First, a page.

The Season of Sugar Overload is now in high gear. It’s that time of year again when sugar-loaded children will bounce off the walls and when adult sugar addicts buy super-sized bags, give out a lot of candies but later over-gobble the sweet stuff so that they end up in Sugar Shock.
Today, I invite you to let the funny recovered sugar addict Lisa Kotin — author of the upcoming, entertaining, poignant sugar addiction book, My Confection, entertain you with her first vlog. See it below.
Since spring 1998, while quitting sugar on doctor’s orders, I’ve been astounded by a variety of shocking facts, which I call Sugar Shockers.
Here’s one surprising Sugar Shocker, which I discovered, thanks to author William Dufty, while writing my first book, Sugar Shock.
These days, sugar is cheap and easy to get. But back in the 16th and 17th centuries, the refined white powder was locked up!
Just imagine: Back in the 16th and 17th centuries, sugar was so darn expensive — the equivalent of about $30 a pound or a year’s salary for the average working man! — that it was considered a delicacy reserved for the very wealthy! And the nobility didn’t want their servants to steal the exorbitantly expensive sweet substance!
Yes, until my limited supply runs out, you can get my latest book in my first-ever Book Giveaway.
Why am I giving away free copies of Beyond Sugar Shock? First, I want to help you. Secondly, I’d like your help.
To begin, here are two ways I can serve you:
I’ll share easy, valuable, cutting-edge tactics to help you let go of your “need” for sugar, processed carbs (what I call “quickie carbs”) or other salty, fatty non-foods so you can shed weight, get more energy, reverse pre-diabetes or other diseases, and live a longer, happier, sweeter life.
In addition, when you, as a valuable member of my audience, tell me what you want and need, I can tailor-make articles, blog posts, and products just for you.
If you’re in a hurry or desperate for help, please note that to get a free book, you need to follow the Book Giveaway Guidelines. So if you’re short on time, please jump to the next page to learn about the guidelines to get Beyond Sugar Shock.
If you find it hard to say no to candies, cookies, chips, it may be because your brain is addicted to them, according to a new study.
In short, your brain is actually hooked on junk food, which, of course, leads to weight gain and obesity and other harmful dieases.
But promising news came out recently, which reveals taht you you can literally ‘reprogram’ your brain so that you not only break your food addictions, but you actually develop a preference for healthier non-fattening foods so you lose weight.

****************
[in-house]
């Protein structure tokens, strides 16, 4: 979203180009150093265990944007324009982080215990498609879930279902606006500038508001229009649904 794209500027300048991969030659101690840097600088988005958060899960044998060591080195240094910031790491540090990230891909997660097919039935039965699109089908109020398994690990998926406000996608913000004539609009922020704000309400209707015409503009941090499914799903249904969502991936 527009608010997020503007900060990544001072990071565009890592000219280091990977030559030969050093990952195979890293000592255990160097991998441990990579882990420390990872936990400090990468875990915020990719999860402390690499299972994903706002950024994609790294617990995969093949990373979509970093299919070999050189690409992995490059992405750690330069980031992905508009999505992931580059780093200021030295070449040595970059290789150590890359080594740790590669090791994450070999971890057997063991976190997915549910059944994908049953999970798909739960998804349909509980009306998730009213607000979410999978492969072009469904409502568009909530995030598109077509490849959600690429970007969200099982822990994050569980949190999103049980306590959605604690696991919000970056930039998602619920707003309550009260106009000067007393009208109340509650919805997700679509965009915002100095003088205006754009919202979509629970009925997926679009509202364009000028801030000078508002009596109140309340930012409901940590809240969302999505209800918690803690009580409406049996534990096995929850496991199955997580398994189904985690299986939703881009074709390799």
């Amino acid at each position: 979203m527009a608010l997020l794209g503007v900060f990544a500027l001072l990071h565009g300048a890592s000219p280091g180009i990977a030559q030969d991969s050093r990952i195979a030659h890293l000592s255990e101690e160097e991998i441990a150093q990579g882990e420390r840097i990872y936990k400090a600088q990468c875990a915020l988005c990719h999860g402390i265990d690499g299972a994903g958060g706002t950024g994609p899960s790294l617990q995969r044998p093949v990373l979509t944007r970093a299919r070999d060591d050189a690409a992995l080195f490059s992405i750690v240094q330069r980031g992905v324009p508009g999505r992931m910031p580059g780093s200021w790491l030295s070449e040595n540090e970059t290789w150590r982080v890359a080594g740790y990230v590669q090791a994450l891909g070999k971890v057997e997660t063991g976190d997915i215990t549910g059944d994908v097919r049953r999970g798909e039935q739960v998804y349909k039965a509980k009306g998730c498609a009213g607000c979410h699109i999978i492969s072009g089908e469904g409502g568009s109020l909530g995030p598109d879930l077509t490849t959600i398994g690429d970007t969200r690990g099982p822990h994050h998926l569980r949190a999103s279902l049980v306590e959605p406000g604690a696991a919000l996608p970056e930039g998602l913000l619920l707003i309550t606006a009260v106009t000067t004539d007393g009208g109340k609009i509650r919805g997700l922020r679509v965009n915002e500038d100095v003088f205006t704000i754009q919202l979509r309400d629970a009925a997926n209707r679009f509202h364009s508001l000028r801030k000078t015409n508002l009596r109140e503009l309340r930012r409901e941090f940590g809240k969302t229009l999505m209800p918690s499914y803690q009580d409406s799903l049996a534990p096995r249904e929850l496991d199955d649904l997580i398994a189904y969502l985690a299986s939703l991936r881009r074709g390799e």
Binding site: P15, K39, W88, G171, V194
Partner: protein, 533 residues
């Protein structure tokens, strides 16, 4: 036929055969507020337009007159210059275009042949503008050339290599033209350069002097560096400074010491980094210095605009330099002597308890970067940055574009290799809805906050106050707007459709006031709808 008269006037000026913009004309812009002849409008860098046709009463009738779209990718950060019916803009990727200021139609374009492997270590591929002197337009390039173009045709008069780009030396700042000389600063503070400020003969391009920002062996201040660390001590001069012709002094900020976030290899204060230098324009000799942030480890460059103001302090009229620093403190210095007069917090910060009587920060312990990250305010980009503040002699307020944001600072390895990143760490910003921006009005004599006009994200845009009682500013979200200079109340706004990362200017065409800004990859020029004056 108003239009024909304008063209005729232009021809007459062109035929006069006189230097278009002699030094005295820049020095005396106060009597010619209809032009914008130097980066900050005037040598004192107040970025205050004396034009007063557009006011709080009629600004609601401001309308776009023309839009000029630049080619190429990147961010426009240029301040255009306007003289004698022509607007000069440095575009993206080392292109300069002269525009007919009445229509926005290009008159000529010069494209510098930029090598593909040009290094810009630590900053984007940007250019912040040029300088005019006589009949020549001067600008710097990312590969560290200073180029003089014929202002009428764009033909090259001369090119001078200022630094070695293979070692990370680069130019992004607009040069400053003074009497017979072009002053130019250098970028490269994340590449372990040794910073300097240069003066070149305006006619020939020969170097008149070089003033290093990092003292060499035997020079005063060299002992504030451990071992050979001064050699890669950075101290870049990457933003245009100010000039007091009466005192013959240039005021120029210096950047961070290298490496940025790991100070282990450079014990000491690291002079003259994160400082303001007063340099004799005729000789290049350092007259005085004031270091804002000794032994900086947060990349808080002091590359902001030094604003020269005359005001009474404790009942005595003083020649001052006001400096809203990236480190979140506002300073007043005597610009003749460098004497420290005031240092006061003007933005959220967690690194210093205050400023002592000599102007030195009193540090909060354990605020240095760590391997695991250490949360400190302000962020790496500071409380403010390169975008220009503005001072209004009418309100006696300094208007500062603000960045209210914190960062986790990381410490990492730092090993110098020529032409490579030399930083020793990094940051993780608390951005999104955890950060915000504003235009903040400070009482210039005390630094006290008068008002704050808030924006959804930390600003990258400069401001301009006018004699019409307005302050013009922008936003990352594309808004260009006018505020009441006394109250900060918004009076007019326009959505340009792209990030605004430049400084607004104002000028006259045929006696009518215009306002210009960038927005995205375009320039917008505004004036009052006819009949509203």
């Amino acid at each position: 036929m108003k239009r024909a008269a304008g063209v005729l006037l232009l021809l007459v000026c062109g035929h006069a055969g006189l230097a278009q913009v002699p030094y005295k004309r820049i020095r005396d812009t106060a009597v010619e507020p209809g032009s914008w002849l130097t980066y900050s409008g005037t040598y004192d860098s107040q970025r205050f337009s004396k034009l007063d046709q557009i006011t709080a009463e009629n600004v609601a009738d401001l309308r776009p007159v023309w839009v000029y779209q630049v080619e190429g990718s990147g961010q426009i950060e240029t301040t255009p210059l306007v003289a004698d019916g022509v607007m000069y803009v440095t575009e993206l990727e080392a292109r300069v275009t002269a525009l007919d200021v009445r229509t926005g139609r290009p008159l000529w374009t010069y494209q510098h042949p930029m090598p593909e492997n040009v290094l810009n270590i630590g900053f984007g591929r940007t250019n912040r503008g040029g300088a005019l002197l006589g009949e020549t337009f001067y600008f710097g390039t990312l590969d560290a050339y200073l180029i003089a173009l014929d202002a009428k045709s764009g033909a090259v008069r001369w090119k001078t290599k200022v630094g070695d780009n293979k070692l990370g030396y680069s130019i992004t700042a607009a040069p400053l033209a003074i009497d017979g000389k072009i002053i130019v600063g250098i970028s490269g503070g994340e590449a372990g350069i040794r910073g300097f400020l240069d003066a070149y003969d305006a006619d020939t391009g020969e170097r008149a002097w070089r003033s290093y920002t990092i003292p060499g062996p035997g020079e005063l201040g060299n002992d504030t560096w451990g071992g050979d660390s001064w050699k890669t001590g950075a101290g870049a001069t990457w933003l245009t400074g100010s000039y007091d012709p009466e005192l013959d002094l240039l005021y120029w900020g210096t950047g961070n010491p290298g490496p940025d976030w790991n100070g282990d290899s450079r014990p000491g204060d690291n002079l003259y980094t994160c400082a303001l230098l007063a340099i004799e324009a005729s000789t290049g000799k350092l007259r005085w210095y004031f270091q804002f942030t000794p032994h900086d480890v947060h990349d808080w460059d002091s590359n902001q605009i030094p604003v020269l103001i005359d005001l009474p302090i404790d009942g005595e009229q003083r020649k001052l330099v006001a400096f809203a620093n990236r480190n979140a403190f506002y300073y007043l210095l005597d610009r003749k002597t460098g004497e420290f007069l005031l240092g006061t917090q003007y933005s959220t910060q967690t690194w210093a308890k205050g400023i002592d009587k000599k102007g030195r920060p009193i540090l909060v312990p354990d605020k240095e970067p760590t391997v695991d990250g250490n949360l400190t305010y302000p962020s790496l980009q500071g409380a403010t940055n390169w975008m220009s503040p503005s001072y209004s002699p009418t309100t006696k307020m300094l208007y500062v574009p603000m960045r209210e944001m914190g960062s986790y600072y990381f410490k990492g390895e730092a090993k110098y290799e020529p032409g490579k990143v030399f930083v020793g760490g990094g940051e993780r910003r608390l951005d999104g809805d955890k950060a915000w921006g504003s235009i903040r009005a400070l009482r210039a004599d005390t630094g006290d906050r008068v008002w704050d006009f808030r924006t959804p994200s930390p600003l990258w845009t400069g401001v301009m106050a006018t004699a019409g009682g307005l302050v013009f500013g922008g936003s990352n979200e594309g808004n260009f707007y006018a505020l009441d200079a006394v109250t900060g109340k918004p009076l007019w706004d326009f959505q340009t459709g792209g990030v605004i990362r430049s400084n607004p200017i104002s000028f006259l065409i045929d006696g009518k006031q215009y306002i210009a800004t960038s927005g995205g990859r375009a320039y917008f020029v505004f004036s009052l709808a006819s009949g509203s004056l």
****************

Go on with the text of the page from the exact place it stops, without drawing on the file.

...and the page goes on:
For my part, I’m simply thrilled by this exciting news.
You may wonder, though, is this just too good to be true? Not so!
Some definitive proof this is possible came from a September 2014 study by scientists at Tufts University and Harvard Medical School. The researchers used functional magnetic resonance imaging to show how the brains of volunteers had been altered during a six-month experiment, during which they forsake high caloric foods for low caloric ones.
Thirteen overweight or obese adults between the ages of 21 and 65 were placed in either an intervention group or a control group. The intervention group received 19 hour-long support group sessions during the 24 weeks in which they were taught how to use portion-controlled menus and recipe suggestions designed for high-satiety. The foods consumed in this plan were low-glycemic index carbohydrates along with high fiber and high protein (known as the idiet.) FYI, these are the foods I recommend, too, as you can discover in Beyond Sugar Shock.
These foods” have “a slower digestion profile and reduction fluctuations in blood glucose that could reduce hunger,” according to the study. The control group received no such counseling or support.
What’s intriguing is that before the experiment began and six months later, on its completion, all study participants underwent the fMRI scans as they were shown 40 food and 40 non-food images. The foods were half high caloric and half low caloric.
While being scanned, the volunteers rated the desirability of the images they saw on a scale of 1 to 4, with 1 being undesirable and 4 being extremely desirable. Those who had gone through the six months of intervention measured significantly less response in the striatum region of their brains (an area governing reward processing) when shown the high caloric foods and more responsivity when shown the low caloric images.
It was as if the brain charges they previously got from these foods had been disconnected. They also achieved significant weight loss, whereas the control group lost little weight and still had no control over how their brains craved certain unhealthy foods.
One of the study co-authors, Sai Krupa Das, Ph.D., who is with the United States Department of Agriculture Human Nutrition Research Center, observed how the weight loss program they used with high-fiber, low glycemic foods worked hand in hand with behavior change education to bring about the remarkable changes in weight and brain activity related to cravings.
“The weight loss program is specifically designed to change how people react to different foods, and our study shows those who participated in it had an increased desire for healthier foods along with a decreased preference for unhealthy foods, the combined effects of which are probably critical for sustainable weight control,” according to Dr. Das. “To the best of our knowledge this is the first demonstration of this important switch.”